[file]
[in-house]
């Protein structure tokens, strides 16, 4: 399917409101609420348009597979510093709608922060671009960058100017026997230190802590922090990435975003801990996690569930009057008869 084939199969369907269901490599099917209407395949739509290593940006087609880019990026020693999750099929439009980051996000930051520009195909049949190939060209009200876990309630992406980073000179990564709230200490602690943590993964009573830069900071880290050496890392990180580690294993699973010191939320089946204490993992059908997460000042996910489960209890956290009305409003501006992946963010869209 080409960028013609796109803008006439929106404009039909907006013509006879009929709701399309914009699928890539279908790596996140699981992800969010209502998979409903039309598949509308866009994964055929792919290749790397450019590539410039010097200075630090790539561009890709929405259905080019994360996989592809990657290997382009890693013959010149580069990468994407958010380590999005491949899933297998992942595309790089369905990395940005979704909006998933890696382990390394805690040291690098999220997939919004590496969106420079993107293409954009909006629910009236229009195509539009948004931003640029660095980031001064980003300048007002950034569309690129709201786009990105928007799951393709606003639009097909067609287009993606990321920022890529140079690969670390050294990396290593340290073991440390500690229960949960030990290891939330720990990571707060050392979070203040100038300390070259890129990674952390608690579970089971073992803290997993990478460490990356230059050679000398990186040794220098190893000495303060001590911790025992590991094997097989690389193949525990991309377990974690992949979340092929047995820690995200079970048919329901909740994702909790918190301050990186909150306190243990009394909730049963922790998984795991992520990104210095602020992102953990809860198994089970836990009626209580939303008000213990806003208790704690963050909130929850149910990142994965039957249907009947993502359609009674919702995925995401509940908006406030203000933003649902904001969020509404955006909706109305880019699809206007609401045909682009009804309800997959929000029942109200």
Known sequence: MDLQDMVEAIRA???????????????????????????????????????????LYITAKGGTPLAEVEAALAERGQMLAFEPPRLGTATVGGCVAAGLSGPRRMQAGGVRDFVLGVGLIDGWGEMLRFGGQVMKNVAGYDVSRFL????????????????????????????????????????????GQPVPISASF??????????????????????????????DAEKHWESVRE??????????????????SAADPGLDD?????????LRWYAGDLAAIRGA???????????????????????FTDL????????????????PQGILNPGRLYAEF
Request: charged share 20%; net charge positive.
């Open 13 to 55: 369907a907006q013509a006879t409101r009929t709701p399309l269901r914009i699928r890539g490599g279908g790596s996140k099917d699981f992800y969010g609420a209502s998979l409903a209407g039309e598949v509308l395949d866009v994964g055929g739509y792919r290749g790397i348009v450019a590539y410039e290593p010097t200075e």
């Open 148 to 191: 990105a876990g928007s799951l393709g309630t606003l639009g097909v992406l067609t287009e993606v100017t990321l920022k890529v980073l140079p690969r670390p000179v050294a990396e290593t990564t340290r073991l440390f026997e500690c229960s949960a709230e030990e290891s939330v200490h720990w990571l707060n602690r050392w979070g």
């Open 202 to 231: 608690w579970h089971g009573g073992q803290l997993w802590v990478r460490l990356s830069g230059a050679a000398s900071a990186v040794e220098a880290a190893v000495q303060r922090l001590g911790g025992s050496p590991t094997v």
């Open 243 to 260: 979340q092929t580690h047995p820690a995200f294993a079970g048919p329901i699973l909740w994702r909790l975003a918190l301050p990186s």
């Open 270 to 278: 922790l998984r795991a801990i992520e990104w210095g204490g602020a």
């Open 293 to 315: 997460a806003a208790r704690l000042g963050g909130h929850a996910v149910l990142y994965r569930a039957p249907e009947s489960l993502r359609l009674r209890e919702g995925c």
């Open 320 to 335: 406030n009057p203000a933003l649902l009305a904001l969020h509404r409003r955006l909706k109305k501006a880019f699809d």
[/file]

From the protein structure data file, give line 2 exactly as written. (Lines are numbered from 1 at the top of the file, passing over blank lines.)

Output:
């Protein structure tokens, strides 16, 4: 399917409101609420348009597979510093709608922060671009960058100017026997230190802590922090990435975003801990996690569930009057008869 084939199969369907269901490599099917209407395949739509290593940006087609880019990026020693999750099929439009980051996000930051520009195909049949190939060209009200876990309630992406980073000179990564709230200490602690943590993964009573830069900071880290050496890392990180580690294993699973010191939320089946204490993992059908997460000042996910489960209890956290009305409003501006992946963010869209 080409960028013609796109803008006439929106404009039909907006013509006879009929709701399309914009699928890539279908790596996140699981992800969010209502998979409903039309598949509308866009994964055929792919290749790397450019590539410039010097200075630090790539561009890709929405259905080019994360996989592809990657290997382009890693013959010149580069990468994407958010380590999005491949899933297998992942595309790089369905990395940005979704909006998933890696382990390394805690040291690098999220997939919004590496969106420079993107293409954009909006629910009236229009195509539009948004931003640029660095980031001064980003300048007002950034569309690129709201786009990105928007799951393709606003639009097909067609287009993606990321920022890529140079690969670390050294990396290593340290073991440390500690229960949960030990290891939330720990990571707060050392979070203040100038300390070259890129990674952390608690579970089971073992803290997993990478460490990356230059050679000398990186040794220098190893000495303060001590911790025992590991094997097989690389193949525990991309377990974690992949979340092929047995820690995200079970048919329901909740994702909790918190301050990186909150306190243990009394909730049963922790998984795991992520990104210095602020992102953990809860198994089970836990009626209580939303008000213990806003208790704690963050909130929850149910990142994965039957249907009947993502359609009674919702995925995401509940908006406030203000933003649902904001969020509404955006909706109305880019699809206007609401045909682009009804309800997959929000029942109200």